• Whey hydrolysates are the most “pure” form of protein. While they also contain greater than 90% of calories from protein, manufacturers use enzymes to break the bonds between amino acids, yielding smaller peptides that make absorption easier for your body.

It’s always good to make sure you are actually getting protein when purchasing and using a supplement. However, unless you have major troubles with digestion, it’s unlikely that you need to purchase a hydrolysate. Even for those with lactose intolerance, isolates may be a suitable option.

For the best bang for your buck, isolates are probably the first recommendation, followed by concentrates.

Casein Protein

Milk actually contains two proteins, whey and casein. Casein—typically found in the semisolid “curds”—is actually the predominant protein found in milk (making up approximately 80% of it). However, casein protein isn’t the most popular form of protein supplement on the market.

Unlike whey, casein is a slow-digesting protein source, raising amino acid levels more gradually and for a longer duration than whey protein. This theoretically makes casein an ideal protein source before bed, where it can be used to reduce muscle protein breakdown during periods of fasting.

Egg White Protein

Eggs are often referred to as the gold standard for high-quality protein sources, making egg-based protein powders a good choice. Furthermore, this type of protein powder is a great option for anyone who avoids dairy, soy, gluten, etc. While they typically don’t have as great of a taste as other protein powders, mixing with fruits and vegetables in something like a smoothie makes it more than tolerable.

Vegetable Protein Sources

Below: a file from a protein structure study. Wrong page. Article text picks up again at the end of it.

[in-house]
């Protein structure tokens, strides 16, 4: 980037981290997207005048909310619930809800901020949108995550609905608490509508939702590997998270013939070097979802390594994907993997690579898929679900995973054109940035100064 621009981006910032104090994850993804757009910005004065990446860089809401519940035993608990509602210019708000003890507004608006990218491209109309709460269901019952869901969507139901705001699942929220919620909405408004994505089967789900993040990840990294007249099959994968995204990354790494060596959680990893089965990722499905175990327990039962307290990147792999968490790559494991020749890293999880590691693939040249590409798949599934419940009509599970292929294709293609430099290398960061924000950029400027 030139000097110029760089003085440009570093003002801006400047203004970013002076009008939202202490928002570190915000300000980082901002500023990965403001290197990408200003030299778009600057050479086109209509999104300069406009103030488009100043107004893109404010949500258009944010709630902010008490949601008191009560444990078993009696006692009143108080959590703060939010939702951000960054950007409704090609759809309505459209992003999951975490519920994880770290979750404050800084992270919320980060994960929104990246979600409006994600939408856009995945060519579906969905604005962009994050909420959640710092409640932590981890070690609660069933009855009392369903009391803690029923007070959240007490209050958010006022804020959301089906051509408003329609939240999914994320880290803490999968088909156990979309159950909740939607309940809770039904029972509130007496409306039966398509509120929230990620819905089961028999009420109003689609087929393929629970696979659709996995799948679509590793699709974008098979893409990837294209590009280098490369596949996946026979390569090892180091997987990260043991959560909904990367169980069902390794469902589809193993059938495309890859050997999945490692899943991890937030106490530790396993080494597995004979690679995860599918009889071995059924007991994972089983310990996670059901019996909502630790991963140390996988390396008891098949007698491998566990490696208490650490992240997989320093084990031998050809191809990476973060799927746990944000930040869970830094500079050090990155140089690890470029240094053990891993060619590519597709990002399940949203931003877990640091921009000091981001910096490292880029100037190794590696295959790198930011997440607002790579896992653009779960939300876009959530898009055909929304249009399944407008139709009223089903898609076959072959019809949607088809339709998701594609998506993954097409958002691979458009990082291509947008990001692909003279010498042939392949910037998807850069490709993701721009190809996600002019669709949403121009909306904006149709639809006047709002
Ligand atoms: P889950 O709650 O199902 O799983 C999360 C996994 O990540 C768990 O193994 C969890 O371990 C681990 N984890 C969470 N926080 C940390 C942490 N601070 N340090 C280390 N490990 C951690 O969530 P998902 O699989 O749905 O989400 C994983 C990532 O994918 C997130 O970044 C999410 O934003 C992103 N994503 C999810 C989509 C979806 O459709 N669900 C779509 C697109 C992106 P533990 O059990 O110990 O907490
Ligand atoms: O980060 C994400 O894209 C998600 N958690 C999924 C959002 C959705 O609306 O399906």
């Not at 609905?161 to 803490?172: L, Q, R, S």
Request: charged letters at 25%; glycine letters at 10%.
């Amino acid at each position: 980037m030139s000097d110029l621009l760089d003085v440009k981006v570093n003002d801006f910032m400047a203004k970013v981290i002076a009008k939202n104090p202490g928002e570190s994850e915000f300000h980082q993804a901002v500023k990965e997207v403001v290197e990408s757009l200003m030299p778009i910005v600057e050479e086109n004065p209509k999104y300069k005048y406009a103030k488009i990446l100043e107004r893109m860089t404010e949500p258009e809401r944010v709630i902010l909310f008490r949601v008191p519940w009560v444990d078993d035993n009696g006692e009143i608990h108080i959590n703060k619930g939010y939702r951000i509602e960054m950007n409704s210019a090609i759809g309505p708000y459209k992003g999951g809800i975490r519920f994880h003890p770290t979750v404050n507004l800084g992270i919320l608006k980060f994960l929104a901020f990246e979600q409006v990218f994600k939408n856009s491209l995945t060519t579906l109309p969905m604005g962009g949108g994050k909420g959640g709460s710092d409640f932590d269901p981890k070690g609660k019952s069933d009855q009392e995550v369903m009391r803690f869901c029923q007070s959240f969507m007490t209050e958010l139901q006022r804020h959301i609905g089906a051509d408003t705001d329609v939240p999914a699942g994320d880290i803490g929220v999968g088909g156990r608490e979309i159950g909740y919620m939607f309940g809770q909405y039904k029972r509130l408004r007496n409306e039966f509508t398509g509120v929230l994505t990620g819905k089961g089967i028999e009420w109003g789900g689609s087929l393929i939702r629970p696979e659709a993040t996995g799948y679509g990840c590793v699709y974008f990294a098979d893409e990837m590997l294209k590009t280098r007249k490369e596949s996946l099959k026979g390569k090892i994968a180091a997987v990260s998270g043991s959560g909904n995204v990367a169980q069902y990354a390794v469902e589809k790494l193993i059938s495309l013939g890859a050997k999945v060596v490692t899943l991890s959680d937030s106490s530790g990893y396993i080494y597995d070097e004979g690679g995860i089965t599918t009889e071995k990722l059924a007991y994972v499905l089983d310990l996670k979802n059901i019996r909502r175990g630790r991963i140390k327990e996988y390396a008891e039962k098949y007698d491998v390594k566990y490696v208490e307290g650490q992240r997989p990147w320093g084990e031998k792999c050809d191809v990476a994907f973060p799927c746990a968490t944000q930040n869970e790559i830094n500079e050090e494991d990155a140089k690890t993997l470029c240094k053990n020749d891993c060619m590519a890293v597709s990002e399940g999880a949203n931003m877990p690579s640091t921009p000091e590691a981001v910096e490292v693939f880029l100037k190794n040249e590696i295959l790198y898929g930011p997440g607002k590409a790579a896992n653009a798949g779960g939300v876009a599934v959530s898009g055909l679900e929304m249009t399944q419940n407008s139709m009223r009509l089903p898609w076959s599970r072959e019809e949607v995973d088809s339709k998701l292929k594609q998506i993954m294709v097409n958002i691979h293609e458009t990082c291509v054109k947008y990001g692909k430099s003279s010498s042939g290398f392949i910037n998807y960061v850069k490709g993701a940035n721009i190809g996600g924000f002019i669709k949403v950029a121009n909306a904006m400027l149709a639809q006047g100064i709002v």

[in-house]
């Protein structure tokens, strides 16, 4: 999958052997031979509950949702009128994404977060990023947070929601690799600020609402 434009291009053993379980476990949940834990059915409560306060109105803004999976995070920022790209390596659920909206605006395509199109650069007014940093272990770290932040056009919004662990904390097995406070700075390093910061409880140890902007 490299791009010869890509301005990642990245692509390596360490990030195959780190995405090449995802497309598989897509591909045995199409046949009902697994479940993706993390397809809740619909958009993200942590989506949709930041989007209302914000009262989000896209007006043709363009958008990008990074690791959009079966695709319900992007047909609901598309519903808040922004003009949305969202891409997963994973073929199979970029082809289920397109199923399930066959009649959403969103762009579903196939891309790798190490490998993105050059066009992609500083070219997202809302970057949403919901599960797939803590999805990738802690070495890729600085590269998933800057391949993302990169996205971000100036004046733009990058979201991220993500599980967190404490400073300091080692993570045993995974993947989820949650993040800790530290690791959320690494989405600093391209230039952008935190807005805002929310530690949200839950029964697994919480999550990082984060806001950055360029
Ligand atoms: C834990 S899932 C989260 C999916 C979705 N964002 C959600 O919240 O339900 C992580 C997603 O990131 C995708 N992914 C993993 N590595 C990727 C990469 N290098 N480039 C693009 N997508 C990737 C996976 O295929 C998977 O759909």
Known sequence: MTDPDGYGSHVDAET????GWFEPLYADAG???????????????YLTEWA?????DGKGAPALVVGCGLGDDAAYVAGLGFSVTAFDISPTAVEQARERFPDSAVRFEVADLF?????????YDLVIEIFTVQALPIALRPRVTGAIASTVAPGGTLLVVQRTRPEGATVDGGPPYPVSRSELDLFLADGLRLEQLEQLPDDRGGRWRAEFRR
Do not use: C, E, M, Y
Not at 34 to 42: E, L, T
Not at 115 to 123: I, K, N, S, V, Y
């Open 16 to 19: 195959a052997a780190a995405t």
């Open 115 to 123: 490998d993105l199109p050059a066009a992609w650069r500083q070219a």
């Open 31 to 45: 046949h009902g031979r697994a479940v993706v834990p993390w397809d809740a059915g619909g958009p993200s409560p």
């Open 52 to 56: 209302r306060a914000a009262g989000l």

Whether for ethical, moral, or dietary concerns (for individuals who are needing lactose and/or gluten-free options), vegetable protein powders from sources such as soy, pea, rice, hemp, and flax provide a suitable supplement. While plant protein sources are incomplete and lack the full spectrum of essential amino acids, many plant-based protein powders contain a variety of sources to make a well-rounded supplement. Furthermore, soy protein is the only plant-based protein that is a complete protein containing all essential amino acids.

While it can be easy to get caught up in minutiae, your first focus should be on eating 15 to 45 grams of high-quality protein every three or four hours. Then, you can begin to focus and select a protein powder that fits your budget, lifestyle, and dietary preferences.

CHOOSING A QUALITY POWDER

With the vast number of protein supplements out there, it can be hard to determine which is the best “bang for your buck” deal. When it comes to protein powder, you are going to want to make sure that you are actually getting the protein that you are paying for.

Sadly, that is not as simple as it sounds. While it was probably happening for years, there was a pretty big controversy around something called “amino spiking” or “protein spiking” in the 2010 decade. Companies were making their products less pure by adding additional amino acids that aren’t used as building blocks of protein (notably glycine and taurine) to inflate the protein content listed on the Supplement Facts label (versus the actual protein content of the product).

With protein powders, it’s important not to just go for the protein powder that provides the most grams of protein per dollar you spend. For example, just because you can stock up on a cheap protein powder at your local Walmart for much less than other products sit next to it or at another retailer, it’s more than likely that the cheap product will be a waste of money.